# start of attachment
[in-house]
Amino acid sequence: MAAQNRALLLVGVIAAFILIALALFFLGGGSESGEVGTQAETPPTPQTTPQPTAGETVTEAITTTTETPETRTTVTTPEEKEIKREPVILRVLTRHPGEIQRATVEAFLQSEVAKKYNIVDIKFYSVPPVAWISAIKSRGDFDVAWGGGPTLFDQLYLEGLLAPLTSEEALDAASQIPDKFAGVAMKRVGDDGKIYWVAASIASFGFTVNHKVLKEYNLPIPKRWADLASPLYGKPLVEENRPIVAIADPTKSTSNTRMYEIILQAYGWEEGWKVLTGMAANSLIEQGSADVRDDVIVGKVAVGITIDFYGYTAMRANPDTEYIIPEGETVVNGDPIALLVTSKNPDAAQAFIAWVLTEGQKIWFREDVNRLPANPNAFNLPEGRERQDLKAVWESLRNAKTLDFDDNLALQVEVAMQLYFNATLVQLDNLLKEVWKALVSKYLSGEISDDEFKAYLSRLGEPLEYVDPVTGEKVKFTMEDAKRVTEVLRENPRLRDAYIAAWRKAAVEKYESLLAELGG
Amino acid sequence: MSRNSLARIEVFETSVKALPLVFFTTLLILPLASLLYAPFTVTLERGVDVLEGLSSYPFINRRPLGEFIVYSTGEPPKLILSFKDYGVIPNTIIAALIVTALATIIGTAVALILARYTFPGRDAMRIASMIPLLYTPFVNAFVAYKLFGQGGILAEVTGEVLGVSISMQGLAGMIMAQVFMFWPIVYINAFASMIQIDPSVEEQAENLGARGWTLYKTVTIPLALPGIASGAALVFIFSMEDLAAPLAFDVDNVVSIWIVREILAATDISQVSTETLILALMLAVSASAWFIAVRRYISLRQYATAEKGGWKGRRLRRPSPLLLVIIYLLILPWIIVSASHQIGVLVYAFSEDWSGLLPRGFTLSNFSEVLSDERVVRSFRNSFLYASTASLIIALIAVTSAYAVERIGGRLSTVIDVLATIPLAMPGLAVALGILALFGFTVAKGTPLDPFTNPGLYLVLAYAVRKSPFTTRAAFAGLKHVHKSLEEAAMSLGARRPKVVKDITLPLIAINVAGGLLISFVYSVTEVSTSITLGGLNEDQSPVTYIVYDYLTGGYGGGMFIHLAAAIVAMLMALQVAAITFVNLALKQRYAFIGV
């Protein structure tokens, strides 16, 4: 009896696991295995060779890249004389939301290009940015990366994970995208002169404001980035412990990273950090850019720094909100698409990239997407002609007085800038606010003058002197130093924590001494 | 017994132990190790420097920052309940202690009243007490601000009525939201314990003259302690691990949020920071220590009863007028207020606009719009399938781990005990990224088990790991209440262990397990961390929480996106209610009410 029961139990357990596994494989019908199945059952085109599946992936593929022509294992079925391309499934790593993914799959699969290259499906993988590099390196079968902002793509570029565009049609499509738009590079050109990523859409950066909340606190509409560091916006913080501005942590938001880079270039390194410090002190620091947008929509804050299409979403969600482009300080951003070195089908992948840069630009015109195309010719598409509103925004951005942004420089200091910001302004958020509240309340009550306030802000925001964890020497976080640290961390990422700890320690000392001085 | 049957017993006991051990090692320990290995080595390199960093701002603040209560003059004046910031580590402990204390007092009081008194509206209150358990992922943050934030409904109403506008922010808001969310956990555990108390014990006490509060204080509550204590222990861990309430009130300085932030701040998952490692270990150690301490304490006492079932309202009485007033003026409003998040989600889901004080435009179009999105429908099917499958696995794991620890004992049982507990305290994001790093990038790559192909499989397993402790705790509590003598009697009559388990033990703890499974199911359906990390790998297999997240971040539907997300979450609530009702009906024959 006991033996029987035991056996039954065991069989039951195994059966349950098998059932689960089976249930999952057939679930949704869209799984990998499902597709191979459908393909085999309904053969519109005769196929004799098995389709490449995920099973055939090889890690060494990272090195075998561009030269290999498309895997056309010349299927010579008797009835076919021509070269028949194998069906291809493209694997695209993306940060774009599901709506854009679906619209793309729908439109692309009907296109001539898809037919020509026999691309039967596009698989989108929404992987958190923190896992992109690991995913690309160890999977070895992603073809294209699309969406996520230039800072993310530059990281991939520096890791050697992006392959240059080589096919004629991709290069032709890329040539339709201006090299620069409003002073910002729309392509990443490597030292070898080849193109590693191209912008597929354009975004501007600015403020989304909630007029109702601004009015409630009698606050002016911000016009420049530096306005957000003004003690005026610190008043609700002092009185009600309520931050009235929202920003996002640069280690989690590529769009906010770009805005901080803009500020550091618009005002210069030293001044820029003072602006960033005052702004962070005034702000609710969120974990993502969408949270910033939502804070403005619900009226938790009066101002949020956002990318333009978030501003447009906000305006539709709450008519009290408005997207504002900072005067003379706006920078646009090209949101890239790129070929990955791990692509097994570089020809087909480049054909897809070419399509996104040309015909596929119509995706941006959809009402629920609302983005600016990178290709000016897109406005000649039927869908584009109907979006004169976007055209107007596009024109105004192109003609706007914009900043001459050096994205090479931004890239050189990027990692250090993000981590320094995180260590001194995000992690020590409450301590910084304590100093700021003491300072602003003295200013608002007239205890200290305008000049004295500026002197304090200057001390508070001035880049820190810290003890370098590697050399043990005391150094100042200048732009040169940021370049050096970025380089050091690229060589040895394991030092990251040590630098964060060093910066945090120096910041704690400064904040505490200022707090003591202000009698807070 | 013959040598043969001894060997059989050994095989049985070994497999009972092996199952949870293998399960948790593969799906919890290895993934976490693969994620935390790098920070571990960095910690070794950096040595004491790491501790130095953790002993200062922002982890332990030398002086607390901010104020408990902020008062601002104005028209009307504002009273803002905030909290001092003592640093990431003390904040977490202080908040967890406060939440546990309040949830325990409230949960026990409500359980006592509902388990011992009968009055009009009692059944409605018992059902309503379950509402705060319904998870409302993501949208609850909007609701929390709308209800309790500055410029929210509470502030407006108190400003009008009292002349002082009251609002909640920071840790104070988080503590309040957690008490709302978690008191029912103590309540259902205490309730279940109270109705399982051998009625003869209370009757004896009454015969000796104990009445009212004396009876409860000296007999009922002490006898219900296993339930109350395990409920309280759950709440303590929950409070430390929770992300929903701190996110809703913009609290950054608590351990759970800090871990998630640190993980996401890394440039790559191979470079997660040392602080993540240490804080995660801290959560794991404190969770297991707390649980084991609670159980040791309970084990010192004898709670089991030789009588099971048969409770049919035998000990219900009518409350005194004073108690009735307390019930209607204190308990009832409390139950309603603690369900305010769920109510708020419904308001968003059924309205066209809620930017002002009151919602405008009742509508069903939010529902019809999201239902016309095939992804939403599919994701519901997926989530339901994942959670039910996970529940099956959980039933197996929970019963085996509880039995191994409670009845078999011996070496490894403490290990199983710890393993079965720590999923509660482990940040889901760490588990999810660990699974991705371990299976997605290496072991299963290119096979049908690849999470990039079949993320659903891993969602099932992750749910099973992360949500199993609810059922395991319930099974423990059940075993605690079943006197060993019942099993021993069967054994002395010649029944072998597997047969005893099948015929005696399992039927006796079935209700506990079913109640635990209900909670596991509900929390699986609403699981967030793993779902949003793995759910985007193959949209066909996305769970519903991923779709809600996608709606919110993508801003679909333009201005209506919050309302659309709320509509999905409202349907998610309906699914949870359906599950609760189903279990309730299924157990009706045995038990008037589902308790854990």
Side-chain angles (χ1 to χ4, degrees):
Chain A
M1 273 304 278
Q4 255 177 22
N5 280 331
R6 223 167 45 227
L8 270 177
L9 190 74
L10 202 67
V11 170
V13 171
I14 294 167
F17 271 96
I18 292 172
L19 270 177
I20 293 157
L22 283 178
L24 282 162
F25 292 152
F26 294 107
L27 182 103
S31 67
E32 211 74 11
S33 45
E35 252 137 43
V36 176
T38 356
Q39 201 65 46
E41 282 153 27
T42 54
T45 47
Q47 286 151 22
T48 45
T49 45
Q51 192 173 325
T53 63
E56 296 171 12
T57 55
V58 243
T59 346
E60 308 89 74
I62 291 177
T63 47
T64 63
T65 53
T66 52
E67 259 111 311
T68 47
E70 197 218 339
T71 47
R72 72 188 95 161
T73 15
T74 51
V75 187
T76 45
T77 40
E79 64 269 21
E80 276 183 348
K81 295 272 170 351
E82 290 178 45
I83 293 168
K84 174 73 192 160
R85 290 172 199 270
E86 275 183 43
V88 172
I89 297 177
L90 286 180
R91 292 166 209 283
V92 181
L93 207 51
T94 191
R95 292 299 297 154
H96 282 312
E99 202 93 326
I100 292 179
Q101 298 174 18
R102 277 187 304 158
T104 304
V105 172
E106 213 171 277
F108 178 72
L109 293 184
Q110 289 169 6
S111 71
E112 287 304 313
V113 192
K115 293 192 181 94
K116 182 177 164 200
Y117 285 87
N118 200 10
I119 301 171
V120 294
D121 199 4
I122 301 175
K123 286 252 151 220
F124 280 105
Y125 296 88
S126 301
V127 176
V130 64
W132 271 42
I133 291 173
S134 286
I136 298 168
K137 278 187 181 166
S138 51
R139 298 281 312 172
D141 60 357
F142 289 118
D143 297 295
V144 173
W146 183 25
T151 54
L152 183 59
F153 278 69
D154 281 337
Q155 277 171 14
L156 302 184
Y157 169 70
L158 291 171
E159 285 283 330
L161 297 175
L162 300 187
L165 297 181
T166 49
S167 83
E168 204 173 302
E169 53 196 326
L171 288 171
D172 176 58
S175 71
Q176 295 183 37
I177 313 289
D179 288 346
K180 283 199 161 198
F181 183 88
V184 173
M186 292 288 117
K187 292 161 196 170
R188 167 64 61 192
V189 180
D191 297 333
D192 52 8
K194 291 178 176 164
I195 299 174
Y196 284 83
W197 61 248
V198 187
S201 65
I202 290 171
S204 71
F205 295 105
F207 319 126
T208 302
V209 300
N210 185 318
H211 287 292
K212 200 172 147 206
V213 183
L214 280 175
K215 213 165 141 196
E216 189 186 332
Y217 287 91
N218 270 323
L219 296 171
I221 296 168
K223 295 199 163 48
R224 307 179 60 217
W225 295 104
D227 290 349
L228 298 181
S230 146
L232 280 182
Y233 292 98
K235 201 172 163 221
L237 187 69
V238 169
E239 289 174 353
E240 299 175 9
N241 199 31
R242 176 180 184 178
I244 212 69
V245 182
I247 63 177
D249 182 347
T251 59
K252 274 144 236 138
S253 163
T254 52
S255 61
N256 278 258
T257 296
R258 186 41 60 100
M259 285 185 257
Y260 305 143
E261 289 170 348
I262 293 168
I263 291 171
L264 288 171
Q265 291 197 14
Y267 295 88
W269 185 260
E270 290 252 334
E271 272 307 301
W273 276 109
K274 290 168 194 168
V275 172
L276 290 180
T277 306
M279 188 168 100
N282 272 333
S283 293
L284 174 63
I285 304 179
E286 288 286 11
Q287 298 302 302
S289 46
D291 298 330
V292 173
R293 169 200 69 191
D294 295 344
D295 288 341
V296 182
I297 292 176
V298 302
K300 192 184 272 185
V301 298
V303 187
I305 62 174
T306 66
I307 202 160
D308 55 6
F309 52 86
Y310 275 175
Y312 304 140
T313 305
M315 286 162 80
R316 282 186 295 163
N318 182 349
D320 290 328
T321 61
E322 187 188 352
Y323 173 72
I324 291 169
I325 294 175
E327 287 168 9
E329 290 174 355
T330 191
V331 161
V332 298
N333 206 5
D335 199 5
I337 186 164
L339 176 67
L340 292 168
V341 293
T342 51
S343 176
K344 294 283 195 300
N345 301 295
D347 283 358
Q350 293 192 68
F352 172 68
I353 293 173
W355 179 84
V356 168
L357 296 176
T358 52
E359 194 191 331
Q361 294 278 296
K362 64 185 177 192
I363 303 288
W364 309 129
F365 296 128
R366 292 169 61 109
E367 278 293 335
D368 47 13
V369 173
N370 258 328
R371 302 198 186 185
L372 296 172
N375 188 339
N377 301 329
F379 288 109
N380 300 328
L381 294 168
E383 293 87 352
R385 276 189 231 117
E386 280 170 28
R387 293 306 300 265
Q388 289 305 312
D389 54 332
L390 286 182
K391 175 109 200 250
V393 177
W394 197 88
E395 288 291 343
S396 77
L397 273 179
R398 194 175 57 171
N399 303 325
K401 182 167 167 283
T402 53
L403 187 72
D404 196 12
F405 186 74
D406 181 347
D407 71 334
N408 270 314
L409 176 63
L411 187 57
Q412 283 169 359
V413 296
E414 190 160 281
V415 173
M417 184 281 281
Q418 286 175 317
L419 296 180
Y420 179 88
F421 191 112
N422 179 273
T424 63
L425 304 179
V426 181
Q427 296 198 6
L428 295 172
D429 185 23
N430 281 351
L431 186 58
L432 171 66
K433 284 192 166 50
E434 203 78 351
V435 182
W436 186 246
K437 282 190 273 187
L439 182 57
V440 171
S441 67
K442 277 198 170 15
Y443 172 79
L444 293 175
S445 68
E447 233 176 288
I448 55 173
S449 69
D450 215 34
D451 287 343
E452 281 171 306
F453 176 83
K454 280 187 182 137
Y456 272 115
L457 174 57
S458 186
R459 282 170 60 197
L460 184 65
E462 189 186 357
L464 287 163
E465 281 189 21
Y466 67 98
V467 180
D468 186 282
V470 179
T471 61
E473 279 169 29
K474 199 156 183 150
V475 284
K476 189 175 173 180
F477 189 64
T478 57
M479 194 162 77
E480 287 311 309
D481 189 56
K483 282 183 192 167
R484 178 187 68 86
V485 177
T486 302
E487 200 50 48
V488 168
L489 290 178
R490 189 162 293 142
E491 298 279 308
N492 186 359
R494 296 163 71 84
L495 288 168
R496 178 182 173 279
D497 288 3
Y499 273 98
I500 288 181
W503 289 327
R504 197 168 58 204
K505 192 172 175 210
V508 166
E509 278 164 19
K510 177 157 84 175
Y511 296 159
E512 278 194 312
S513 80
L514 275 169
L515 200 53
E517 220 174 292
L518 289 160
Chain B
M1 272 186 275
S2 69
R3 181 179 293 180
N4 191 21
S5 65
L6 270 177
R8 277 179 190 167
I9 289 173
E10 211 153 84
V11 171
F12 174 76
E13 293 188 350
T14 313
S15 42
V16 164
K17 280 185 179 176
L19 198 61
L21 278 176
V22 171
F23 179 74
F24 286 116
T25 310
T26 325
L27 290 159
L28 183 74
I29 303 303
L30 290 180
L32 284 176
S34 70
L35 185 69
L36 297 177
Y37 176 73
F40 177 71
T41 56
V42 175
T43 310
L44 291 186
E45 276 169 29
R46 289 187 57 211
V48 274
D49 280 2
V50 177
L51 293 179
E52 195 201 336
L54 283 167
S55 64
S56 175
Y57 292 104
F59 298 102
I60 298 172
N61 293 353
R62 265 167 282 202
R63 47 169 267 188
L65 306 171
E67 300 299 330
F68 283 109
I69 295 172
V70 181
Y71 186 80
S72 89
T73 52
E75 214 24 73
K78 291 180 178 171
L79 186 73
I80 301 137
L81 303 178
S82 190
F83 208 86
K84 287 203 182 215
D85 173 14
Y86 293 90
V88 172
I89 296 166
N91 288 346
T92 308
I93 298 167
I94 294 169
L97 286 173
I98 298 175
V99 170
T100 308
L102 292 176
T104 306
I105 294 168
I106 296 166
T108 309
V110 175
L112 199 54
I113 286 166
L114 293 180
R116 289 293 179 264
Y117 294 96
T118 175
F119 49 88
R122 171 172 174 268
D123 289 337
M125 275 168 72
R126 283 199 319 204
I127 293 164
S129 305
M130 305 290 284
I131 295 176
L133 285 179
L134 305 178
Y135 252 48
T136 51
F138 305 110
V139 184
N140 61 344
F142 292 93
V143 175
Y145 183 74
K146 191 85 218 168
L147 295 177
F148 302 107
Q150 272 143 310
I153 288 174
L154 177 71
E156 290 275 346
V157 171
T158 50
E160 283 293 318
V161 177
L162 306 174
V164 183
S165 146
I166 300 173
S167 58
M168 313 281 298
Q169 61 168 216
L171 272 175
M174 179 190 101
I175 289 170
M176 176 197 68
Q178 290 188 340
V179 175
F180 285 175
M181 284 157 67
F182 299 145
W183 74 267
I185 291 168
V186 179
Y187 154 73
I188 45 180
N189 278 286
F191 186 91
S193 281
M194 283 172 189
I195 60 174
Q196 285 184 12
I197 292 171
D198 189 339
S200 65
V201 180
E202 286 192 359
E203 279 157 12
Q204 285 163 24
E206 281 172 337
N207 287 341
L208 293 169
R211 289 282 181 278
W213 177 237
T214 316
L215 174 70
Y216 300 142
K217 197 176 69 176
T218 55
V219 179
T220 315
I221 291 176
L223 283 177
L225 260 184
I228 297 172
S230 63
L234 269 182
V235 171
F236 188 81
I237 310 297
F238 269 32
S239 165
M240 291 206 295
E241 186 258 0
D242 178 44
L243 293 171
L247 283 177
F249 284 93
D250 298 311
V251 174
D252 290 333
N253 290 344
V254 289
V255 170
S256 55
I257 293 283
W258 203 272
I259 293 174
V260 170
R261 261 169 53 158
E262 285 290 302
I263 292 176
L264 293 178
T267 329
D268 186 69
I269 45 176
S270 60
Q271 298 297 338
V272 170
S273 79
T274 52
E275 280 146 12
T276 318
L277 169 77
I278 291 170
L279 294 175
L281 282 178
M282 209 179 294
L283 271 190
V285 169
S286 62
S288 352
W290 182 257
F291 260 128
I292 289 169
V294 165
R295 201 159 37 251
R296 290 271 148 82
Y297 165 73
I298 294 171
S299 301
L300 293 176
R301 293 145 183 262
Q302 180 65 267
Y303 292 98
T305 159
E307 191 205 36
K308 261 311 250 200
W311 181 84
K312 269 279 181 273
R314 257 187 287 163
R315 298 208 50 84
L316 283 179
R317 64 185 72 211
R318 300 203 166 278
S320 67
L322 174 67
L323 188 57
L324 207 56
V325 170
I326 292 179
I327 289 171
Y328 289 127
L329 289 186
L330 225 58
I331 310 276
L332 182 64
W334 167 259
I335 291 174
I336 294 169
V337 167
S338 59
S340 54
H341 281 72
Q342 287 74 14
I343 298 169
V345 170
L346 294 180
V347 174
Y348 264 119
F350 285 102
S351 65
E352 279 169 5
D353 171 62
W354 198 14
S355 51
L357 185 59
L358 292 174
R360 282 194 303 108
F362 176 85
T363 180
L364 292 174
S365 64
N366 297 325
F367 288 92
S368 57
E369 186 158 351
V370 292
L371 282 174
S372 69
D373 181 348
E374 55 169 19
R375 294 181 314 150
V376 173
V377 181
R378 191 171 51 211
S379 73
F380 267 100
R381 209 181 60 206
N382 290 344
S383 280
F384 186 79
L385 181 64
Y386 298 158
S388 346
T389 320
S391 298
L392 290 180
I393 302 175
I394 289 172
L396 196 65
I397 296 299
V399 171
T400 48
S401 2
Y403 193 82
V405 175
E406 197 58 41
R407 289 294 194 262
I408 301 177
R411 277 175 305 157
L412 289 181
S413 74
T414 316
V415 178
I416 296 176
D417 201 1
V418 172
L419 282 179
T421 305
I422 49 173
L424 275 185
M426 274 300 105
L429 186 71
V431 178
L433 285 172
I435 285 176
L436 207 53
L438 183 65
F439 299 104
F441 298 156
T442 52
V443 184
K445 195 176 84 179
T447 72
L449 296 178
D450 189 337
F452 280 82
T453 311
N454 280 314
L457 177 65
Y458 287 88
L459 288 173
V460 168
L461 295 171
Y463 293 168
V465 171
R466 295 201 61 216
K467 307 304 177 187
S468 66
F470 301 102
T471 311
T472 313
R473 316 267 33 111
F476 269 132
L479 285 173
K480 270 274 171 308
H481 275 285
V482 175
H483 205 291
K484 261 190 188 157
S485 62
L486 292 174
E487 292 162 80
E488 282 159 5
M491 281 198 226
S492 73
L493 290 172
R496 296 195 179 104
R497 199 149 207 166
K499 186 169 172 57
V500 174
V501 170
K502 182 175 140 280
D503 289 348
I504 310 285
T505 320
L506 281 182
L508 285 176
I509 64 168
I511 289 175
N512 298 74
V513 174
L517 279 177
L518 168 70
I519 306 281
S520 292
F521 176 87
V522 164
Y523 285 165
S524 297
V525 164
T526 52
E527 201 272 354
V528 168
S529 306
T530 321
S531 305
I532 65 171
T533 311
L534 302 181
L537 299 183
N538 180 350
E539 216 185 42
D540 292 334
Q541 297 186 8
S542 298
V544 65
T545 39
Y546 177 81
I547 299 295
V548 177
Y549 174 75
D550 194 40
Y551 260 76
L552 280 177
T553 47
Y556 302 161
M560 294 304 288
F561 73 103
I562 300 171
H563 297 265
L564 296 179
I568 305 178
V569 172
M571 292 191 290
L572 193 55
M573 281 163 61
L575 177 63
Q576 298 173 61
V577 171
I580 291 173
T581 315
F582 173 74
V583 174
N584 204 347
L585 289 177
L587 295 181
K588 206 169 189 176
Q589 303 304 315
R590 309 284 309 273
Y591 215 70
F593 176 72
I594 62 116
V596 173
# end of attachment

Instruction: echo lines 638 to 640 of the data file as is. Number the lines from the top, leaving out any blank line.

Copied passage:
Q302 180 65 267
Y303 292 98
T305 159